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Analyzing monthly environmental data from the North Atlantic Ocean will help you to learn more about how the water cycle affects sea surface salinity. Your challenge is to find the data set that most closely corresponds to sea surface salinity patterns.

NASA's Goddard Institute for Space Studies (GISS) provides monthly maps and graphs showcasing nearly global surface temperature changes monthly for the period since 1880 when meteorological stations were established around the world.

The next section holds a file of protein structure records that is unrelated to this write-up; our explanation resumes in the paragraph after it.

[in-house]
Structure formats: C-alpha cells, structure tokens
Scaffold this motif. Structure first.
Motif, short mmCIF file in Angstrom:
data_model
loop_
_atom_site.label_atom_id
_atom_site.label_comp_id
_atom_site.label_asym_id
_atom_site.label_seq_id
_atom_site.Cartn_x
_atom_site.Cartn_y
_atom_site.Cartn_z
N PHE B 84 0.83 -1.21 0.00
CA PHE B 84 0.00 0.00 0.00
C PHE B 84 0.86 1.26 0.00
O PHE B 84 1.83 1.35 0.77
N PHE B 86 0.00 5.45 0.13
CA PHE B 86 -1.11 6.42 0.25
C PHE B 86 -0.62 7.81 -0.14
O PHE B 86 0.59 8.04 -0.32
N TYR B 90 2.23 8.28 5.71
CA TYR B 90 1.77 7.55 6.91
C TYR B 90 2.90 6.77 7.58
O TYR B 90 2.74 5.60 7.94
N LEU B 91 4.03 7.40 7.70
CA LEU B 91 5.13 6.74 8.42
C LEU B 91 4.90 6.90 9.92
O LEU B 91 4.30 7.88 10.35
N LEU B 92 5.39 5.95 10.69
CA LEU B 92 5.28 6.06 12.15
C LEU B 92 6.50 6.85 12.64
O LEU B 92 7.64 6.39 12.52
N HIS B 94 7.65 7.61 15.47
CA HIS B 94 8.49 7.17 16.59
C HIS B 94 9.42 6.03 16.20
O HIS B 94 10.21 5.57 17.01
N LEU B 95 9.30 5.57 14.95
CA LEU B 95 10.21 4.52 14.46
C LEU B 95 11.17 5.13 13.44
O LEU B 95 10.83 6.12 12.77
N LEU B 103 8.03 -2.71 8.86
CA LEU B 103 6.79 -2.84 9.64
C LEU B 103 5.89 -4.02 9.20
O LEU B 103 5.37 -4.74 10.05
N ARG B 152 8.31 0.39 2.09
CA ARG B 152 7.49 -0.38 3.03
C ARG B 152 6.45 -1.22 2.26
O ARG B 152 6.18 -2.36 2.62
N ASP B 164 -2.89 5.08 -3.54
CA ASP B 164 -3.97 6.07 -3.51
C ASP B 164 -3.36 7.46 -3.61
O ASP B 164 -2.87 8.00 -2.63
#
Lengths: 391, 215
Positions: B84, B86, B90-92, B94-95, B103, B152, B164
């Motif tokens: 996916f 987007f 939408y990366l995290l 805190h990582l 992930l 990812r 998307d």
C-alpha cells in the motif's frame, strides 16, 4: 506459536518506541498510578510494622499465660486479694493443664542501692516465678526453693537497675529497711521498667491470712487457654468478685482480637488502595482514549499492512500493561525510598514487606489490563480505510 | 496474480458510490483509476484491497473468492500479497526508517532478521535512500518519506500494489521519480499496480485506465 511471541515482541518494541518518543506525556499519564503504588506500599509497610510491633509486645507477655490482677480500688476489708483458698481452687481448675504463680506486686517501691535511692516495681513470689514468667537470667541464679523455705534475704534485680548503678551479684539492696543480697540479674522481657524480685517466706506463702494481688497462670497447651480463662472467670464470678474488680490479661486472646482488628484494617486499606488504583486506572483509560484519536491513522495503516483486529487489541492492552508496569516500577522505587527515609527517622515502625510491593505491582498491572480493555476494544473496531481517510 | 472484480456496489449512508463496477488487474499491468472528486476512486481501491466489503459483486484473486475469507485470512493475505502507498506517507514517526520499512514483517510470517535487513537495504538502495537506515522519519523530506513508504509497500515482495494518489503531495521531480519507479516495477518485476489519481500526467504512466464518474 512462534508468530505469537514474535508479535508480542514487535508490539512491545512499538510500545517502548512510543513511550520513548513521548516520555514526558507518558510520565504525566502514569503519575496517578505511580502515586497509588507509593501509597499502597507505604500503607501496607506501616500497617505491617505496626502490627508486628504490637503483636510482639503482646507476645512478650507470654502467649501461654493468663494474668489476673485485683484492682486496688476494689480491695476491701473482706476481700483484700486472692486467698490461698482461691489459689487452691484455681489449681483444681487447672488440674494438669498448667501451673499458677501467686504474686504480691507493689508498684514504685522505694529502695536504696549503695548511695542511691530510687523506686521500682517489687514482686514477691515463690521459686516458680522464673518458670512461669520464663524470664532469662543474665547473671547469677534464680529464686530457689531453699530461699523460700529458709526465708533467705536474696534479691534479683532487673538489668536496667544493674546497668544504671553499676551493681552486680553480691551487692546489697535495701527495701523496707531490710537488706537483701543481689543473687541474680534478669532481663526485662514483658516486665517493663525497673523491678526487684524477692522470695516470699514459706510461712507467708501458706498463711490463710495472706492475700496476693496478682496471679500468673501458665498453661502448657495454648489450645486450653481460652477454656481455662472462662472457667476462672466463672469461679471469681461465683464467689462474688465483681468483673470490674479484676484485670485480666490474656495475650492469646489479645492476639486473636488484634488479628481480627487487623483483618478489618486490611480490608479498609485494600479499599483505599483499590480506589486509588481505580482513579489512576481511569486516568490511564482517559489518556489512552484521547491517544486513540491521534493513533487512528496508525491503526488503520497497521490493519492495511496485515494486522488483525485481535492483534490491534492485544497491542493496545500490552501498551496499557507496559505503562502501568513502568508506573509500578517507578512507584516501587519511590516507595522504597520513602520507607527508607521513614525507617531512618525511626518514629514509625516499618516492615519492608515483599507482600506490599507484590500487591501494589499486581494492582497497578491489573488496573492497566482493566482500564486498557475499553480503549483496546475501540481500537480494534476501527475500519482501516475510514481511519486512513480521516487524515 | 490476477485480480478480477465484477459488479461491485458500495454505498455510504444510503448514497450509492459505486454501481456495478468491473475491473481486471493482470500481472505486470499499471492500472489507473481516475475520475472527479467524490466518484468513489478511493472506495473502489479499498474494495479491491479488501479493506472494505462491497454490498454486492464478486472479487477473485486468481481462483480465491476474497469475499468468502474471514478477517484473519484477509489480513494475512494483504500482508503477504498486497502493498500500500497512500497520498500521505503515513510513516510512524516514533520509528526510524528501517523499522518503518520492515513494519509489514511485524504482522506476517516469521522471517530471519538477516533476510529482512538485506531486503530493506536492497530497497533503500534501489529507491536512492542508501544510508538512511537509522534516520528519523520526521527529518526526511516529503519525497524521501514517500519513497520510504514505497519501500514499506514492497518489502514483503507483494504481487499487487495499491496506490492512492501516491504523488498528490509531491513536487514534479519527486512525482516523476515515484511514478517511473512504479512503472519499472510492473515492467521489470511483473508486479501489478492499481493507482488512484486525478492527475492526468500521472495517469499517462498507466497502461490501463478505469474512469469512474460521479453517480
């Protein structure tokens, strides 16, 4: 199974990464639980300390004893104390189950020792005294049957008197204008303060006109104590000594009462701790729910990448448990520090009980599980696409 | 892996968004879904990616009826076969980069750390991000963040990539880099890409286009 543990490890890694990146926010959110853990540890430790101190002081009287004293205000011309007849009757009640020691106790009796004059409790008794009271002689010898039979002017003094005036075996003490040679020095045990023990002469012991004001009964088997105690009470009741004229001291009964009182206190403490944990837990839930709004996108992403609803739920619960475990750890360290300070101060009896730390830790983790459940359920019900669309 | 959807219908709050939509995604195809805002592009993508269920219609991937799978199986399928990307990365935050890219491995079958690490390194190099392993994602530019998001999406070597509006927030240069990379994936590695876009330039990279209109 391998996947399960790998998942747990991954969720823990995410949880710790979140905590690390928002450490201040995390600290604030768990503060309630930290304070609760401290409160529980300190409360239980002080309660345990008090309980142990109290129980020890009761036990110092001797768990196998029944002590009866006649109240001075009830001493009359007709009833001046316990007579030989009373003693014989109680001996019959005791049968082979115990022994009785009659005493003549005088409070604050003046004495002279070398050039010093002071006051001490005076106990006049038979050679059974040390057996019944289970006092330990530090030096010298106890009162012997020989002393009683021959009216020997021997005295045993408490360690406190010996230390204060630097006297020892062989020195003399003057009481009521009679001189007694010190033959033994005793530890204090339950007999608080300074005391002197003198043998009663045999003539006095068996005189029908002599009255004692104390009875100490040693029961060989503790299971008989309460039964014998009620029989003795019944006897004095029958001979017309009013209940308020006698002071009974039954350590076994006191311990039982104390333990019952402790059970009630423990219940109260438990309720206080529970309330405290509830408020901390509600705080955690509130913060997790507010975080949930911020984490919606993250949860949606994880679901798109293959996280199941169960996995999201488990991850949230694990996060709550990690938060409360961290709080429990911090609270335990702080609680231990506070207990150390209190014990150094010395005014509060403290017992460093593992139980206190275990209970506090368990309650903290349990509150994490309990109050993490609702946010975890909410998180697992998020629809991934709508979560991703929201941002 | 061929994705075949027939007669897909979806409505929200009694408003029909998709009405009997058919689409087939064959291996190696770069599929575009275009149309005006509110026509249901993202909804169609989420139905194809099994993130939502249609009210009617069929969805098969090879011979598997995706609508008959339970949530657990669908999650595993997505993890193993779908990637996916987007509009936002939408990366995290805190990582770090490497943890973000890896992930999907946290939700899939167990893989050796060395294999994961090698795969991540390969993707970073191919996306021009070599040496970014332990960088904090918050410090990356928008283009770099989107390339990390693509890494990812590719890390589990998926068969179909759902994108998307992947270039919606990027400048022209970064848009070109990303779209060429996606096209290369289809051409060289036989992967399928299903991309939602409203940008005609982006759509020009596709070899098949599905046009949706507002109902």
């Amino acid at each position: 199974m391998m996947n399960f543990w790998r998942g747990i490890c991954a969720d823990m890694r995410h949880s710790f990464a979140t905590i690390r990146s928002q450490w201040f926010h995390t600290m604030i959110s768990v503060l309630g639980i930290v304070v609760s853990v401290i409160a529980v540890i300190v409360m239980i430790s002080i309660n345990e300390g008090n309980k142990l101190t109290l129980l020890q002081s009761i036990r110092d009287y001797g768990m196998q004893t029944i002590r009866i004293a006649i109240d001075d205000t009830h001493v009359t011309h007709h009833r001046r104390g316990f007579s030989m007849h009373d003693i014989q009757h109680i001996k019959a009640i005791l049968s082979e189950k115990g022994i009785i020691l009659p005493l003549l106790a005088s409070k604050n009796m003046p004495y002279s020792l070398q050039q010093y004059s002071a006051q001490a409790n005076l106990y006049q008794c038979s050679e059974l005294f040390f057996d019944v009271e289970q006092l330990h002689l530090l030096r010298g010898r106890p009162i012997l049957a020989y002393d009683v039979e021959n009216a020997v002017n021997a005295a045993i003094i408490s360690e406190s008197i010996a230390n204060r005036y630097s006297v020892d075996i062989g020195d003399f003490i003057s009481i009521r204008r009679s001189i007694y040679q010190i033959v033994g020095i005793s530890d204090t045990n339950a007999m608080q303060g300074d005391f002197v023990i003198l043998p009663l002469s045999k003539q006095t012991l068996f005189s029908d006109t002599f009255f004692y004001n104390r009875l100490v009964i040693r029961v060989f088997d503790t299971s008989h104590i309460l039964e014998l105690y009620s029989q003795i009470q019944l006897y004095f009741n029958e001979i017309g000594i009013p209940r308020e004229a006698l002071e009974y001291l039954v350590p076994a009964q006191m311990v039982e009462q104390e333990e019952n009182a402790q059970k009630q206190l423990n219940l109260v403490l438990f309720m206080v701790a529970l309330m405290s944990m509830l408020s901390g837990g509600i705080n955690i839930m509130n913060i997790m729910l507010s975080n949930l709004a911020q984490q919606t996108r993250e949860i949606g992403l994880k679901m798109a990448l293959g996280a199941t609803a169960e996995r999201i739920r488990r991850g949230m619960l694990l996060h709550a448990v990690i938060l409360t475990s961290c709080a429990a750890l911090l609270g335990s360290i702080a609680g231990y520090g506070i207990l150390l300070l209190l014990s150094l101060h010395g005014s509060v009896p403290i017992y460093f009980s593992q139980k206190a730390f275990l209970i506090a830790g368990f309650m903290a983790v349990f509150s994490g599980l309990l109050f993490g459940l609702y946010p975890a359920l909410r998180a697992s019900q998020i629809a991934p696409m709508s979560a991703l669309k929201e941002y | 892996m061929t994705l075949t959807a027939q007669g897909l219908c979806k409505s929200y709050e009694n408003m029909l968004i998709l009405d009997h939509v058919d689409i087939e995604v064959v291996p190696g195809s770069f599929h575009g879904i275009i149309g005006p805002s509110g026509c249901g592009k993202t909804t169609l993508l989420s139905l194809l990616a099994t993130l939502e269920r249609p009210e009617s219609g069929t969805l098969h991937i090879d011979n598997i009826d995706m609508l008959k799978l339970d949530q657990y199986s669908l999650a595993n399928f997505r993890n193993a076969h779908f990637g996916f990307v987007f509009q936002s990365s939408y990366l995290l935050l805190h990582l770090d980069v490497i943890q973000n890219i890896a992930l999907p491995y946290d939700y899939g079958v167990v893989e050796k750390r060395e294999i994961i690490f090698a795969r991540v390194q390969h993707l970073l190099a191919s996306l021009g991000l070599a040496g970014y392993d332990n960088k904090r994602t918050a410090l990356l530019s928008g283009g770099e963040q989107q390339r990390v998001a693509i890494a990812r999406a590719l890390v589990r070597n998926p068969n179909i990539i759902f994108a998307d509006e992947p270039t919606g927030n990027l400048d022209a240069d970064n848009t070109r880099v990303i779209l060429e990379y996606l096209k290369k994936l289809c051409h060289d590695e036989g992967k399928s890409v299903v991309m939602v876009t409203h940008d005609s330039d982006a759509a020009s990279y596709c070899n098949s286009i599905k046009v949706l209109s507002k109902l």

Using the various visualizations (i.e., images, charts, and graphs) from 2016 Hurricane Matthew, students explore the energy exchange that occurs when hurricanes extract heat energy from the ocean.

Students analyze historic plant growth data (i.e., peak bloom dates) of Washington, D.C.’s famous cherry blossom trees, as well as atmospheric near surface temperatures as evidence for explaining the phenomena of earlier peak blooms in our nation’s capital.

The Cryosphere refers to any place on Earth where water is in its solid form, where low temperatures freeze water and turn it into ice. The frozen water can be in the form of solid ice or snow and occurs in many places around the Earth.

The Earth System interacts with Cryosphere in the following ways: